How To: Move House With A Cat

Joshua Chadwick By Joshua Chadwick March 11th

If there’s one universal truth that people can agree on, it’s that moving into a new home is nothing short of stressful.

This truth isn’t exclusive to people either, as a big move to a new house can mess up your pet’s personal schedule, especially a cat’s schedule.

Luckily, there are some tried and true methods to moving with a cat that’ll make the transition all the smoother, which you can find out about below. (Moving with kids or even some greenery? Check out our blogs on Moving with kids here, as well as moving with plants here.)

Understanding Feline Freak-out

It may not cross a cat owner’s mind that their feline friend will be equally, or even more stressed than them when moving house.

Cats by nature are territorial, meaning your kitty’s incessant rubbing on everything isn’t to merely scratch an itch but to mark it as their own.

Imprinting their scent on their territory marks home for these furry felines, so when they’re taken away from that territory and placed in a new environment with scents not known to them, it can be quite a jarring experience that amps up a cat’s stress.

Throw that on top of furniture that’s been moved around and large cardboard boxes that litter the home (that are already full that they can’t jump into), it’s no wonder they are a bit stressed out.

Preparing Before the Move

Before you begin the packing process, ensure your cat’s ID collar has all the correct information in case of an emergency, and all its vaccinations are up to date. It’s not completely uncommon for a cat to try to escape from its new home, so a microchip is a great way to keep track of where your furry friend might run off to.

Once the packing begins, ensure one room is left until the very end that contains your cat’s food and water bowls, litter box, and cat bed so the feline is less distraught.

Cats can become easily upset by any change of environment, as well as loud, sudden noises. A great way to counter potential fright from noise is to play music or leave the TV running in the room you’ve designated to be where the cat resides. The noise from the room will hopefully drown out the noise of packing and moving elsewhere.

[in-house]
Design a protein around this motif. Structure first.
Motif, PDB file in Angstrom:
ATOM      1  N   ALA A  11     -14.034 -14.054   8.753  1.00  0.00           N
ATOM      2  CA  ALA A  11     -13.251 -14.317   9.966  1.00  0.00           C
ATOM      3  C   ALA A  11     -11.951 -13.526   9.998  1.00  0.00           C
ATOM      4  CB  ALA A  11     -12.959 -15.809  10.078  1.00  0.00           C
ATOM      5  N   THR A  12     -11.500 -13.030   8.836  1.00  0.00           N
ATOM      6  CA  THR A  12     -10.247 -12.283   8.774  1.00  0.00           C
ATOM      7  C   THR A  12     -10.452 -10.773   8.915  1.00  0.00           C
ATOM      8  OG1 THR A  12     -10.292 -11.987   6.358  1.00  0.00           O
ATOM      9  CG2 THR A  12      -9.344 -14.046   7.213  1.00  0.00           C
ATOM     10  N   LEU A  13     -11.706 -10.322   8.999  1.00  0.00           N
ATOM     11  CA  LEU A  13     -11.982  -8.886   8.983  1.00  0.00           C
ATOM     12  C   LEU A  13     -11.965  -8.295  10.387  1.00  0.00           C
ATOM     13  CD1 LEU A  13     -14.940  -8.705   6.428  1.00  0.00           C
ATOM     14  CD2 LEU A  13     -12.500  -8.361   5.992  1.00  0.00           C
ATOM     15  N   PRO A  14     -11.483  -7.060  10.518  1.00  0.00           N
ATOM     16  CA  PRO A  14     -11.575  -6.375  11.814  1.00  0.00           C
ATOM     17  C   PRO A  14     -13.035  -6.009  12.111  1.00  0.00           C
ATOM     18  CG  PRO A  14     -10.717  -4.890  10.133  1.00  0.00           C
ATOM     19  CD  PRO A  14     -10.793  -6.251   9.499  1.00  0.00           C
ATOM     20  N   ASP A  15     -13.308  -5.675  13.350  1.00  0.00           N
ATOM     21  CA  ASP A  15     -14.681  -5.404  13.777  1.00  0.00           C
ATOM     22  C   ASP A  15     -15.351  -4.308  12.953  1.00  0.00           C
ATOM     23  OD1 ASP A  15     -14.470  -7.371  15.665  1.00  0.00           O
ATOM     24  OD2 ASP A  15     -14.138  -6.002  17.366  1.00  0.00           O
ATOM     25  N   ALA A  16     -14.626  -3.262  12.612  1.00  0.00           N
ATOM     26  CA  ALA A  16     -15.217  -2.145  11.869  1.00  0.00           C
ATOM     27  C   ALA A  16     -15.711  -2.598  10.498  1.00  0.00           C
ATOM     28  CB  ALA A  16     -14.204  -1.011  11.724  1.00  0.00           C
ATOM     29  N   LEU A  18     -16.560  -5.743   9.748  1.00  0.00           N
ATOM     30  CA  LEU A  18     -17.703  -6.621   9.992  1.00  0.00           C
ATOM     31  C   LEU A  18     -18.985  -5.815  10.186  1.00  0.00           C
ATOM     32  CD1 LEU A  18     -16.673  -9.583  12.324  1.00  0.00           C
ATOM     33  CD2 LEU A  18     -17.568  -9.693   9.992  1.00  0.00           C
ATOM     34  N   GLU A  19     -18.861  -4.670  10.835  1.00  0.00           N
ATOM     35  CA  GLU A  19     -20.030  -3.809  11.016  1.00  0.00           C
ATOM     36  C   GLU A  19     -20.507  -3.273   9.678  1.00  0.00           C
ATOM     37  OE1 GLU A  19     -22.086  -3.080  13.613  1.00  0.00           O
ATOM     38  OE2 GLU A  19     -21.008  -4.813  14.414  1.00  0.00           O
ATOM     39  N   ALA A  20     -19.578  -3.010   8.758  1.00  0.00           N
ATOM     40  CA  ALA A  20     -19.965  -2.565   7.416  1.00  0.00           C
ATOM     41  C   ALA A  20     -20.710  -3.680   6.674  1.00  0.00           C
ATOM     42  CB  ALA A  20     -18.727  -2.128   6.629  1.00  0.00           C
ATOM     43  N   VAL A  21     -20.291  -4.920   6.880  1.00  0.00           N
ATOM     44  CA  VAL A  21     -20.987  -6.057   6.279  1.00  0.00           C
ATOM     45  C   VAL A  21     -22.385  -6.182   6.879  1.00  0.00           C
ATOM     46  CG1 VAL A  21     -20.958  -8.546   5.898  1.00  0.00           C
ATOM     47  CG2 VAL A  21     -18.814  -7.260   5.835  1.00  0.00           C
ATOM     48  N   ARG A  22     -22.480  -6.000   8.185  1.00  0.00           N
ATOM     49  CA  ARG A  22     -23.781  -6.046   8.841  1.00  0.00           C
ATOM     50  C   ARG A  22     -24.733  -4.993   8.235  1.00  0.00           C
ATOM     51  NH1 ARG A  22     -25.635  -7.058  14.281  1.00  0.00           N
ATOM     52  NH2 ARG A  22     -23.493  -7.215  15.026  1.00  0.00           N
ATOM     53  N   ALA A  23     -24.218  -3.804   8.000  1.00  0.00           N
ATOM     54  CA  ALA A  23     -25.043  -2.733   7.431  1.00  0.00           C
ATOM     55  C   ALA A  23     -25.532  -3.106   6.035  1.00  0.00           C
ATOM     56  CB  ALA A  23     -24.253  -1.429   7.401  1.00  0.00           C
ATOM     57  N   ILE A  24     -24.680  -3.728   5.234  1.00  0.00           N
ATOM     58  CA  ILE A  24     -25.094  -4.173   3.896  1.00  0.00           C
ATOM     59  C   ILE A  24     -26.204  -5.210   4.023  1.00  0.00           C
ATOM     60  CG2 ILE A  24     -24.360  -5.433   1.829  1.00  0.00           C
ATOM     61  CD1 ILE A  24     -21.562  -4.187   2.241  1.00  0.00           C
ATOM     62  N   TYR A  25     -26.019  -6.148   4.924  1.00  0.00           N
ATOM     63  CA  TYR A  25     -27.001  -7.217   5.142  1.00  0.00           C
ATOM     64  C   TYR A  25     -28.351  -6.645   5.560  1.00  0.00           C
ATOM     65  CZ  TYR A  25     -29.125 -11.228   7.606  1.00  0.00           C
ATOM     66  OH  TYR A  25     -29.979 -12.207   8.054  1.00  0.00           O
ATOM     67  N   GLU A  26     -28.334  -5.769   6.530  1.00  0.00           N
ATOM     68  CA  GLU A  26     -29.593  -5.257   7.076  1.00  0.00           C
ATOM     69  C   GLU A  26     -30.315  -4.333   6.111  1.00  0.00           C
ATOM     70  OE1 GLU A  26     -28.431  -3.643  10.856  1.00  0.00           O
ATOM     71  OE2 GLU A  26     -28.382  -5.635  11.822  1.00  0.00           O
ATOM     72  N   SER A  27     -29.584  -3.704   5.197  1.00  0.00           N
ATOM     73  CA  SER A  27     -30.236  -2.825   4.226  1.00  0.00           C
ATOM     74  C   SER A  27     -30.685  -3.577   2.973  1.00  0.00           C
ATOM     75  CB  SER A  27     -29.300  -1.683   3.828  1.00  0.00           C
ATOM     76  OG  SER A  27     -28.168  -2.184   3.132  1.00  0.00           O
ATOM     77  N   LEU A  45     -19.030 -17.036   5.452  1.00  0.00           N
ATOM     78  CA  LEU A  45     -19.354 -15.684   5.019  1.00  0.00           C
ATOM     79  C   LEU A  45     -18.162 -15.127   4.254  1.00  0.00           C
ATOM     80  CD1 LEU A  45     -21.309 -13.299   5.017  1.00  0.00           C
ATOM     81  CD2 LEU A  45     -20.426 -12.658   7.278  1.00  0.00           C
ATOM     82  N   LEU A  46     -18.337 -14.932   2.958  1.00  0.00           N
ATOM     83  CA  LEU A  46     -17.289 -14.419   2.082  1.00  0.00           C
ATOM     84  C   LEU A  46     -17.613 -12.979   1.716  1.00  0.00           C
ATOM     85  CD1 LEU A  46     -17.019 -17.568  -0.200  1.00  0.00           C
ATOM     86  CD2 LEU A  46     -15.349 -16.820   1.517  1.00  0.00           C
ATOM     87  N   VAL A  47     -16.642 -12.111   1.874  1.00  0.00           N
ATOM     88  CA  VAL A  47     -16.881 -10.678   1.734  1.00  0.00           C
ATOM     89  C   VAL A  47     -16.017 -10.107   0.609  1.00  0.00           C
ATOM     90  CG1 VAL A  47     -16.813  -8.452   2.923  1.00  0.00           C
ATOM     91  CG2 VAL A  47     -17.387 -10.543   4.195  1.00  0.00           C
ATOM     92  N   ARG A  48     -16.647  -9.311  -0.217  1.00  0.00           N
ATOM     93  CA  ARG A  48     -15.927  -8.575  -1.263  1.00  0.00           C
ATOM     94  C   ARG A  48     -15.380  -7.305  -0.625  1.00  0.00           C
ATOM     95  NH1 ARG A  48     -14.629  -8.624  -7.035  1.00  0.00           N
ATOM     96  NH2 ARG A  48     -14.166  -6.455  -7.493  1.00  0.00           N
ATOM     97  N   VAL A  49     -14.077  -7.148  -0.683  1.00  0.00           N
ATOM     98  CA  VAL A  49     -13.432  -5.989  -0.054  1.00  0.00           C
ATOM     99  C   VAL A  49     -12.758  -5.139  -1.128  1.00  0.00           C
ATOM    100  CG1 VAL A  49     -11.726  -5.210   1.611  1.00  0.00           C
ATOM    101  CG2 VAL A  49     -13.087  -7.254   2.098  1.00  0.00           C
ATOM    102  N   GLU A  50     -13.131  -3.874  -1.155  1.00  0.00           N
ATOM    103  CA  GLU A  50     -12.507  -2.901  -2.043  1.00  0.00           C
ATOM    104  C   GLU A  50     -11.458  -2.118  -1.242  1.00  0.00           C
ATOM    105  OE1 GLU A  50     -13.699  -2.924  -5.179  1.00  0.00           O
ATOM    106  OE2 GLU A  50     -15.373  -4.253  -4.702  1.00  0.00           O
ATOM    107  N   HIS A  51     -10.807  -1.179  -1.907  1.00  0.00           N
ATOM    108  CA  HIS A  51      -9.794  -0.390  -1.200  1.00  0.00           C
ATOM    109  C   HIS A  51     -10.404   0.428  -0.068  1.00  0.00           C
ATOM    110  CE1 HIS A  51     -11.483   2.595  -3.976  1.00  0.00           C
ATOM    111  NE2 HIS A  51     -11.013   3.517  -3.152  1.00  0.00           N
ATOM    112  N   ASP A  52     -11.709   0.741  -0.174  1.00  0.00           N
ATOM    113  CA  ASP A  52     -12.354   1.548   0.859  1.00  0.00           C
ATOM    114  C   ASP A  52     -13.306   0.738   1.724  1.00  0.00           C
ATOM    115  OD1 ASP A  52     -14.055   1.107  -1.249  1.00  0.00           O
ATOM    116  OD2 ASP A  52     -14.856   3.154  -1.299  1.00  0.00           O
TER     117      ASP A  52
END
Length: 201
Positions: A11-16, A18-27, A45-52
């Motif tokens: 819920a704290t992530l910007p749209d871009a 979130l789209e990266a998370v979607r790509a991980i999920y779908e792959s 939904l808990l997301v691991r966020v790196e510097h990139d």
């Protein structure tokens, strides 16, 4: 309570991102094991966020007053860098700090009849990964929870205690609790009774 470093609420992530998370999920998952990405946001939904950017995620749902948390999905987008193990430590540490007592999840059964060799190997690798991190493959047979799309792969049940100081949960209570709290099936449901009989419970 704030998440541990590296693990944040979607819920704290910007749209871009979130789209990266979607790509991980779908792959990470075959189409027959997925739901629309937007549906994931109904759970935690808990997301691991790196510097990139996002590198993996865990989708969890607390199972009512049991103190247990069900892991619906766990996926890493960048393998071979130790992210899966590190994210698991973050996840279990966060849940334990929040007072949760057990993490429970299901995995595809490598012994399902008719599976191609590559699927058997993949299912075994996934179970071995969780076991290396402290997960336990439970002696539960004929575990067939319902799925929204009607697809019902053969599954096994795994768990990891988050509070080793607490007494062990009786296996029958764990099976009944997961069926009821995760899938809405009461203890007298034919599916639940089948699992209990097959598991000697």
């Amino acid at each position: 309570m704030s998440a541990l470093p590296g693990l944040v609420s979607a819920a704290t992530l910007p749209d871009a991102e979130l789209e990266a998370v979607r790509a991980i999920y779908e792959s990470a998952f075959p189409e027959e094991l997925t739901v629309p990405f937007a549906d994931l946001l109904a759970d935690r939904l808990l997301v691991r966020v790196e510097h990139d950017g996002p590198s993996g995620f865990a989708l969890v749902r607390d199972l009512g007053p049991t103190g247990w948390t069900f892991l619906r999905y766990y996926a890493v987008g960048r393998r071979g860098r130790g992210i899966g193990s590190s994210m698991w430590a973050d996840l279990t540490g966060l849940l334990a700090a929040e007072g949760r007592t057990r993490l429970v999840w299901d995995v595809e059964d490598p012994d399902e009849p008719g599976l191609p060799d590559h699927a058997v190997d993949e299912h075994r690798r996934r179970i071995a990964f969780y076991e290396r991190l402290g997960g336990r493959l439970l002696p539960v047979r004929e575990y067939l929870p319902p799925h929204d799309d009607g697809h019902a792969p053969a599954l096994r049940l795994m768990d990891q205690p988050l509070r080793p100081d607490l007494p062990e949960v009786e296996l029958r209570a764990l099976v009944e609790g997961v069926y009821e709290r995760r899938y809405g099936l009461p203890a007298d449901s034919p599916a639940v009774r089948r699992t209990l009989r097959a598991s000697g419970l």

With all the items associated with the cat in the one room, now would be the time to introduce and familiarise a cat carrier, if your cat is not used to one. Leaving the carrier with the cat will allow the pet to realise it’s not a danger to it and that it might even be a great hiding place to sneak into when it gets noisy.

Finally, ensure the cat is locked in the room once the big day arrives, as the door will typically be wide open and there will be plenty of movement where you can’t keep an eye on your footwork.

Any movers that go through the house should be informed they are not to open the room containing the cat before they clear out the rest of the house, leaving that space for last.

Arriving at the New Home

Once the moving trucks and packaging have arrived, grab your cat in the carrier and all their items, as that’ll be the first thing to unpack.

As you left the room containing the cat last for moving out of the old home, you’ll be unpacking the room containing the cat first in the new home, as this will allow the cat to stay put in one area with all its associated items (a scratching post is a great cat toy for a stressful cat on its own).

In your new property, it will seem like a fresh start, but for your cat there may be other odours or pheromones from previous pets of the property. Consider thoroughly cleaning the new home once packing has settled, which will allow your cat to have the same fresh start you will with new surroundings.

Obviously, you can’t keep your furry friend locked in the room for the entirety of your time in this new property, but you also shouldn’t hasten the process of letting your cat roam free around the premises.

The cat itself may be shy to venture from the room but present the opportunity anyway by opening the door and allowing the cat to adjust to its new territory. 

If your cat is an outdoor cat, ensure it remains inside for roughly a month, as it will allow the feline to grow an attachment to the house and not try to make its way back to the old stomping grounds.

Once you feel comfortable that your cat has adjusted to the new space, allow the cat to explore outside in small increments under your supervision. 

Be cautious of any new potential threats to your cats in the neighbourhood also, as the neighbour’s dog or stray cats may not be as loving as your furry friend as you are. Don’t forget to bring your cat inside at night to sleep too, as a cat feels safe and can let its guard down once they’re sleeping indoors.

Eventually, your cat will settle into your new address once it’s marked its new territory, so don’t stress yourself out too badly if your pet hasn’t adjusted to relocating yet. Try to maintain a consistent schedule so your cat can sense a feeling of normality in a strange time of its life and can begin to love the new property as much as you do.

For any other questions about moving home as a whole, we’ve put together the ultimate guide to moving house, which you can check out here.

If you need help getting your utilities connected sorted, please call MyConnect on 1300 854 478 or use the Get Connected form here! If you’re unsure about using a utility connection company, hopefully, this post here can assist you.

Joshua Chadwick
Joshua Chadwick